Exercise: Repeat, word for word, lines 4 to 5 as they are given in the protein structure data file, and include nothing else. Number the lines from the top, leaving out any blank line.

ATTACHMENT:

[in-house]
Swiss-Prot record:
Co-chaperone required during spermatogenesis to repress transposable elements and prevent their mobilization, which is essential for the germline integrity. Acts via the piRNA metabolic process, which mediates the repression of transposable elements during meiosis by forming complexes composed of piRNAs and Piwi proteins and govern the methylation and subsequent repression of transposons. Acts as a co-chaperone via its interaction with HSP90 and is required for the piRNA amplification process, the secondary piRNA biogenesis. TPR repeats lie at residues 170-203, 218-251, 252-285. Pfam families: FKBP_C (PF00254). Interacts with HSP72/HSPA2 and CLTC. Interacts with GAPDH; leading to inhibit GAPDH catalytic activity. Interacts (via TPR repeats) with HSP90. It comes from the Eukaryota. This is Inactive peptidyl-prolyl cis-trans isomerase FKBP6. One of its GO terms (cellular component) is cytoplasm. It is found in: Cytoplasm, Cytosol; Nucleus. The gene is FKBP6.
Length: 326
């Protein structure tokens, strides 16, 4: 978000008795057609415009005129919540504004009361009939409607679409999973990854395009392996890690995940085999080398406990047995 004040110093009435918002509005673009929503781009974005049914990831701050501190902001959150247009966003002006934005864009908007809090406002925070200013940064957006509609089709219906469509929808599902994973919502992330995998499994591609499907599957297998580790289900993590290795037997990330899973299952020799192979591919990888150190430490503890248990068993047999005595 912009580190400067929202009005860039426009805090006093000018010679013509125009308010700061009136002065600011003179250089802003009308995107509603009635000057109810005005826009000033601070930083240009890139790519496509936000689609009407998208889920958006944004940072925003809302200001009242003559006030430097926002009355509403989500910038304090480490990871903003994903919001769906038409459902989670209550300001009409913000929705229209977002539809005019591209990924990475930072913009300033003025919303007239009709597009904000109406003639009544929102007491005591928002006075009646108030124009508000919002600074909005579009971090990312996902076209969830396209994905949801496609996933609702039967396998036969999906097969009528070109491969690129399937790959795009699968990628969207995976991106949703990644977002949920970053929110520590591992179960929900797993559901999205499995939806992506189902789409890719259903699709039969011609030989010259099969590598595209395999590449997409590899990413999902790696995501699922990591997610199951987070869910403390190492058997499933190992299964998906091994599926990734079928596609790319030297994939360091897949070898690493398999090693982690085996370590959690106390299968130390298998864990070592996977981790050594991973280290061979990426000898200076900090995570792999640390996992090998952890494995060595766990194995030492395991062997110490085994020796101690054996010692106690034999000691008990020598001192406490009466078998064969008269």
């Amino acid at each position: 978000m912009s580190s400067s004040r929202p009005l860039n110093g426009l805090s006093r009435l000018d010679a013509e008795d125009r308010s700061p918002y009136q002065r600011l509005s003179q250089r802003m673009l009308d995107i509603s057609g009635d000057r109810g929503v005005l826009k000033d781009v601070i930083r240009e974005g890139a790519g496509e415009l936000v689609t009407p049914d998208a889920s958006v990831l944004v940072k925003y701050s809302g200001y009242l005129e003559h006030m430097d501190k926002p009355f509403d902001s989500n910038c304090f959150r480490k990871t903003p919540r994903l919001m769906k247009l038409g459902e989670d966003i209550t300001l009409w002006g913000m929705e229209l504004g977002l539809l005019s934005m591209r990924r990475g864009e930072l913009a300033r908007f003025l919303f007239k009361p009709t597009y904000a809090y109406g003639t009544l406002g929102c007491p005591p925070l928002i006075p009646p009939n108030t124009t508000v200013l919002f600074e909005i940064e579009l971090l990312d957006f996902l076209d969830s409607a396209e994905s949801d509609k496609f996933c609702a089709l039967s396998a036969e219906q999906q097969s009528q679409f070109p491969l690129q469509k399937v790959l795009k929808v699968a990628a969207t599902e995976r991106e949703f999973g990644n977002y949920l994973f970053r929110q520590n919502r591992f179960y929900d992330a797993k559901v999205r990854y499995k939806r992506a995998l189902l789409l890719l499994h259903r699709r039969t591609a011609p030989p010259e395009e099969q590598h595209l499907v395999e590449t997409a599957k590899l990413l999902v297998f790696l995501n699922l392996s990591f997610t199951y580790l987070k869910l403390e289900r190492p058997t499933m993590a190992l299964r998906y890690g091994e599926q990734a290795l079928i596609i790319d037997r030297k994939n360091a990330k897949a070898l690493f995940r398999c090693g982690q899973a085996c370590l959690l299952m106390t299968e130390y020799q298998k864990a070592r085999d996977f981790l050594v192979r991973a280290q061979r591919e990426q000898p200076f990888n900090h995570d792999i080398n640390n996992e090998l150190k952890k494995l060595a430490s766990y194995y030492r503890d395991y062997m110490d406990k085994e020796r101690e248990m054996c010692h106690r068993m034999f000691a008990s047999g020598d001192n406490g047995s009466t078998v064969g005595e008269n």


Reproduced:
Length: 326
């Protein structure tokens, strides 16, 4: 978000008795057609415009005129919540504004009361009939409607679409999973990854395009392996890690995940085999080398406990047995 004040110093009435918002509005673009929503781009974005049914990831701050501190902001959150247009966003002006934005864009908007809090406002925070200013940064957006509609089709219906469509929808599902994973919502992330995998499994591609499907599957297998580790289900993590290795037997990330899973299952020799192979591919990888150190430490503890248990068993047999005595 912009580190400067929202009005860039426009805090006093000018010679013509125009308010700061009136002065600011003179250089802003009308995107509603009635000057109810005005826009000033601070930083240009890139790519496509936000689609009407998208889920958006944004940072925003809302200001009242003559006030430097926002009355509403989500910038304090480490990871903003994903919001769906038409459902989670209550300001009409913000929705229209977002539809005019591209990924990475930072913009300033003025919303007239009709597009904000109406003639009544929102007491005591928002006075009646108030124009508000919002600074909005579009971090990312996902076209969830396209994905949801496609996933609702039967396998036969999906097969009528070109491969690129399937790959795009699968990628969207995976991106949703990644977002949920970053929110520590591992179960929900797993559901999205499995939806992506189902789409890719259903699709039969011609030989010259099969590598595209395999590449997409590899990413999902790696995501699922990591997610199951987070869910403390190492058997499933190992299964998906091994599926990734079928596609790319030297994939360091897949070898690493398999090693982690085996370590959690106390299968130390298998864990070592996977981790050594991973280290061979990426000898200076900090995570792999640390996992090998952890494995060595766990194995030492395991062997110490085994020796101690054996010692106690034999000691008990020598001192406490009466078998064969008269």